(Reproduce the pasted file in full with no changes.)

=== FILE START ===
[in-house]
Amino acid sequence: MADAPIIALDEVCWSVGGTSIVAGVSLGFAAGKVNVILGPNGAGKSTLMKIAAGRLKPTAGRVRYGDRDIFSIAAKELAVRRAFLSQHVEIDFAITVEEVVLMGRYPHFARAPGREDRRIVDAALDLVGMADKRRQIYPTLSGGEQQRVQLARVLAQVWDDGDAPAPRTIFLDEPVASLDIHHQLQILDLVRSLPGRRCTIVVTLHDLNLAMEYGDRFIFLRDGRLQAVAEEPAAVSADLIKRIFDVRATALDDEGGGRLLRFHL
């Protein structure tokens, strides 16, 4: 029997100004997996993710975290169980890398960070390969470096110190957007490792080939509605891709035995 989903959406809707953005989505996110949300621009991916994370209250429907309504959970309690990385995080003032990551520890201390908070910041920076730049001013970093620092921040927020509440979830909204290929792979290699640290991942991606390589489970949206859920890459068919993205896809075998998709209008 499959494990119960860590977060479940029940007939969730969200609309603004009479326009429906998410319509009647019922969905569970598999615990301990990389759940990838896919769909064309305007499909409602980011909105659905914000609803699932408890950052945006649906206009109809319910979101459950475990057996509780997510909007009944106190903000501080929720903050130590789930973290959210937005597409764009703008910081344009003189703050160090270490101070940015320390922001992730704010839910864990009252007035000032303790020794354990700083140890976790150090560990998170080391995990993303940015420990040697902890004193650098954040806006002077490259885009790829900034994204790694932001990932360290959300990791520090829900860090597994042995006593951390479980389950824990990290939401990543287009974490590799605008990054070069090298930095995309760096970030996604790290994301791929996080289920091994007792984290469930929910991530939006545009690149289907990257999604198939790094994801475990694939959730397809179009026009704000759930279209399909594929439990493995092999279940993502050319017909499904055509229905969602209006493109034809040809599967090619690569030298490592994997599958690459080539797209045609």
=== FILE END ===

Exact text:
[in-house]
Amino acid sequence: MADAPIIALDEVCWSVGGTSIVAGVSLGFAAGKVNVILGPNGAGKSTLMKIAAGRLKPTAGRVRYGDRDIFSIAAKELAVRRAFLSQHVEIDFAITVEEVVLMGRYPHFARAPGREDRRIVDAALDLVGMADKRRQIYPTLSGGEQQRVQLARVLAQVWDDGDAPAPRTIFLDEPVASLDIHHQLQILDLVRSLPGRRCTIVVTLHDLNLAMEYGDRFIFLRDGRLQAVAEEPAAVSADLIKRIFDVRATALDDEGGGRLLRFHL
């Protein structure tokens, strides 16, 4: 029997100004997996993710975290169980890398960070390969470096110190957007490792080939509605891709035995 989903959406809707953005989505996110949300621009991916994370209250429907309504959970309690990385995080003032990551520890201390908070910041920076730049001013970093620092921040927020509440979830909204290929792979290699640290991942991606390589489970949206859920890459068919993205896809075998998709209008 499959494990119960860590977060479940029940007939969730969200609309603004009479326009429906998410319509009647019922969905569970598999615990301990990389759940990838896919769909064309305007499909409602980011909105659905914000609803699932408890950052945006649906206009109809319910979101459950475990057996509780997510909007009944106190903000501080929720903050130590789930973290959210937005597409764009703008910081344009003189703050160090270490101070940015320390922001992730704010839910864990009252007035000032303790020794354990700083140890976790150090560990998170080391995990993303940015420990040697902890004193650098954040806006002077490259885009790829900034994204790694932001990932360290959300990791520090829900860090597994042995006593951390479980389950824990990290939401990543287009974490590799605008990054070069090298930095995309760096970030996604790290994301791929996080289920091994007792984290469930929910991530939006545009690149289907990257999604198939790094994801475990694939959730397809179009026009704000759930279209399909594929439990493995092999279940993502050319017909499904055509229905969602209006493109034809040809599967090619690569030298490592994997599958690459080539797209045609």